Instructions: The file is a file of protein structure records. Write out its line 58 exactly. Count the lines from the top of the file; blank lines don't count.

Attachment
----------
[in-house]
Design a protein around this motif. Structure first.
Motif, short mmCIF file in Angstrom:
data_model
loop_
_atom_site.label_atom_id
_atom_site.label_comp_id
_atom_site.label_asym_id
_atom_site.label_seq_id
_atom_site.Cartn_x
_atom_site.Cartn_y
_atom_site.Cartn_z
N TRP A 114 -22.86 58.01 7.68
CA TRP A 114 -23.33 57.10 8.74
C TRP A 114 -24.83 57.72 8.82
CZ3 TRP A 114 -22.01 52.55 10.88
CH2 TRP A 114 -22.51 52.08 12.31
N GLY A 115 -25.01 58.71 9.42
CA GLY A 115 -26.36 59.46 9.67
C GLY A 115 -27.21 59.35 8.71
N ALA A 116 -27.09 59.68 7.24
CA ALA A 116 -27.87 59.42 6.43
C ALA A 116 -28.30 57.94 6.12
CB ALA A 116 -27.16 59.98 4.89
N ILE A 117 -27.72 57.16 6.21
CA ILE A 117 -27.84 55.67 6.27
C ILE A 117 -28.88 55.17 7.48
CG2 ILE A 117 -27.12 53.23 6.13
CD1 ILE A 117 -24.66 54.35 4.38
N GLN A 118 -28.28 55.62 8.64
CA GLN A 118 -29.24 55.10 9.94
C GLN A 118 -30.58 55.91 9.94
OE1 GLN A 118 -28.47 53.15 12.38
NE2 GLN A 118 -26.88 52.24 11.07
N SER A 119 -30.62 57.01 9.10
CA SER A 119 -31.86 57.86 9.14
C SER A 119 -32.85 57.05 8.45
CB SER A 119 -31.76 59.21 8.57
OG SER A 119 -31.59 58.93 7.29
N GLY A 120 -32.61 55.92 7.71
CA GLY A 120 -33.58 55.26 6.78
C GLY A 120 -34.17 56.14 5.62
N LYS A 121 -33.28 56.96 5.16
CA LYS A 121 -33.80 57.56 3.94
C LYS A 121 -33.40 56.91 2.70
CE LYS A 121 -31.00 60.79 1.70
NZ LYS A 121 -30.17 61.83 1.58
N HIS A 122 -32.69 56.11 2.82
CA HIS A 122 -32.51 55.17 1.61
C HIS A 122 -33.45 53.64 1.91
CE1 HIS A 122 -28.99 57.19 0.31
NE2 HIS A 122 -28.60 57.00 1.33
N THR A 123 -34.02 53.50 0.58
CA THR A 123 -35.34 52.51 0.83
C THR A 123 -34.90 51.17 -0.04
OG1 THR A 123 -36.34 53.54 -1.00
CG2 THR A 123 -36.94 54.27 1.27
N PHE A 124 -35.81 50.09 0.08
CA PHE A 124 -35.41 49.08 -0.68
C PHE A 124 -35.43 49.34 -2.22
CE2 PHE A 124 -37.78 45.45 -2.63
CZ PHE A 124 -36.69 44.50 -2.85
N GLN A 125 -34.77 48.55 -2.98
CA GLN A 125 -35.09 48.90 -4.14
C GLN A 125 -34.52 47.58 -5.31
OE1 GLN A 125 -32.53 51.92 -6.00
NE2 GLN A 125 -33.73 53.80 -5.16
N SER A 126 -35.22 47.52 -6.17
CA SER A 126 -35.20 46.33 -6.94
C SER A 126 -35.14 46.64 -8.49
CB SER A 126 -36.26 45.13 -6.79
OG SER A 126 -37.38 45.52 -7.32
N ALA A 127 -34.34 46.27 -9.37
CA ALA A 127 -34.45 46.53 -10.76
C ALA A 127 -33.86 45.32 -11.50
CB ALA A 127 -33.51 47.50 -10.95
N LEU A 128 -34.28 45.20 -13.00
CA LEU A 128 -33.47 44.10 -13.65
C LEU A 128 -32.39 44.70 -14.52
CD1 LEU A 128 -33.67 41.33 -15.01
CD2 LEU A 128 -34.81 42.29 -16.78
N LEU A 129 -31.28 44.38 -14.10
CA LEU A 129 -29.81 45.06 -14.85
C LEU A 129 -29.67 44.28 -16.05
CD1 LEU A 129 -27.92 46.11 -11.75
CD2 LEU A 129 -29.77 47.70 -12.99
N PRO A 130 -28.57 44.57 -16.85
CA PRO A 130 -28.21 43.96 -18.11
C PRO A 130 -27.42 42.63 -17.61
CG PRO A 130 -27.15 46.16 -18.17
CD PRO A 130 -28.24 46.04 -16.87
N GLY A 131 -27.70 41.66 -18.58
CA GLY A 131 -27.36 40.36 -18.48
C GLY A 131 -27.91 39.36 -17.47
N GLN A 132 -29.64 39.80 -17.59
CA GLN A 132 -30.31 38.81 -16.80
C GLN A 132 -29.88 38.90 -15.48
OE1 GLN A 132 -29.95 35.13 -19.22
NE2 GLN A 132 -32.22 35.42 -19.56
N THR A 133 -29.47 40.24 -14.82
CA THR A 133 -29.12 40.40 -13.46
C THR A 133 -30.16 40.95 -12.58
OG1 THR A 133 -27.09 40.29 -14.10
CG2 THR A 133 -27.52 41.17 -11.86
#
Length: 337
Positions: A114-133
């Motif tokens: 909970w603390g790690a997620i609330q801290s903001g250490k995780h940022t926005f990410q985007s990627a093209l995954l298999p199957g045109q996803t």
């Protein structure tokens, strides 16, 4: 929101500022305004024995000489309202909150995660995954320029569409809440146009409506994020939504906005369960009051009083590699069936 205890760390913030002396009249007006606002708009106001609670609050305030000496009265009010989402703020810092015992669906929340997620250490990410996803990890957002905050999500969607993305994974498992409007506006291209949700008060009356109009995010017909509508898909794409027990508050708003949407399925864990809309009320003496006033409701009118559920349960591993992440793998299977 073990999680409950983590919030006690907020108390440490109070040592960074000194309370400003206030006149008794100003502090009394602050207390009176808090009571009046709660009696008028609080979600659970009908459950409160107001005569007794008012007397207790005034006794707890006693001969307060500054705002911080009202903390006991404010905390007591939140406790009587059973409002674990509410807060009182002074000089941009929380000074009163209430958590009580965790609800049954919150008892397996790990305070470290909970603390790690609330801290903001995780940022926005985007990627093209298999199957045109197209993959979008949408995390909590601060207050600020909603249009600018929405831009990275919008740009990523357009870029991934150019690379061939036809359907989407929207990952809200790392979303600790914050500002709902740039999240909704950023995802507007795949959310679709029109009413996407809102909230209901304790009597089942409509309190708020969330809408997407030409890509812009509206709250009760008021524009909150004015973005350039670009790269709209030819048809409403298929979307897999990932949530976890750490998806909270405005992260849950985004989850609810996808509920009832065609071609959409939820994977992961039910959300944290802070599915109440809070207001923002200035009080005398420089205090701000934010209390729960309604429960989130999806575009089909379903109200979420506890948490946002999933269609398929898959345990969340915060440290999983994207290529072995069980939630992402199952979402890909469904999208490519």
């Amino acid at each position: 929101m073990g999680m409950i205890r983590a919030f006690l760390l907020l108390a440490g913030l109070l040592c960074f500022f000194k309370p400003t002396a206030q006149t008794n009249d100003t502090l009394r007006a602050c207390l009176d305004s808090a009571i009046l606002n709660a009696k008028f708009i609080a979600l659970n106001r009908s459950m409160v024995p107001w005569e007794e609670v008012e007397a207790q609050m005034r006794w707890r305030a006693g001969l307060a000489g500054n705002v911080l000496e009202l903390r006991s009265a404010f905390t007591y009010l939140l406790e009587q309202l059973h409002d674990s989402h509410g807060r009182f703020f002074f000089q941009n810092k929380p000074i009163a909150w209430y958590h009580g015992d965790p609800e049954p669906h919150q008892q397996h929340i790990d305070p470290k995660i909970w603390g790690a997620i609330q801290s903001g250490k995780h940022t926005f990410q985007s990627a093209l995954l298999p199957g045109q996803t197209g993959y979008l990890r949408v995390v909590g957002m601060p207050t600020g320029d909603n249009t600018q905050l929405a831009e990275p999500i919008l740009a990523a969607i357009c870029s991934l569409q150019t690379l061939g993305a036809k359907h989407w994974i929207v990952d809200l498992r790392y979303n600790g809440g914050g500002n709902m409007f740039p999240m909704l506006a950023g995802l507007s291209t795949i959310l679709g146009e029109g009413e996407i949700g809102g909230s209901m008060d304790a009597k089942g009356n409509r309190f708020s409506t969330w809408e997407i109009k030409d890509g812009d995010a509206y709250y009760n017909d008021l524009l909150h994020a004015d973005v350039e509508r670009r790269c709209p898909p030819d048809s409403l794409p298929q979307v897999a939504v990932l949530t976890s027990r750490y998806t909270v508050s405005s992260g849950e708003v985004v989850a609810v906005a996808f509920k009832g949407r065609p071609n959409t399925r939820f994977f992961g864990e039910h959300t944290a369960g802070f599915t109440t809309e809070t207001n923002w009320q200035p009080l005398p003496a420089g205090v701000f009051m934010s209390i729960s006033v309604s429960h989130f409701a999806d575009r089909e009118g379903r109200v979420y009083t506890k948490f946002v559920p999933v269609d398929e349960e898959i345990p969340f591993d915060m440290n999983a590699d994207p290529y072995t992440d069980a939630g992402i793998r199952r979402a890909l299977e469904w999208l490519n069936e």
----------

N PHE A 124 -35.81 50.09 0.08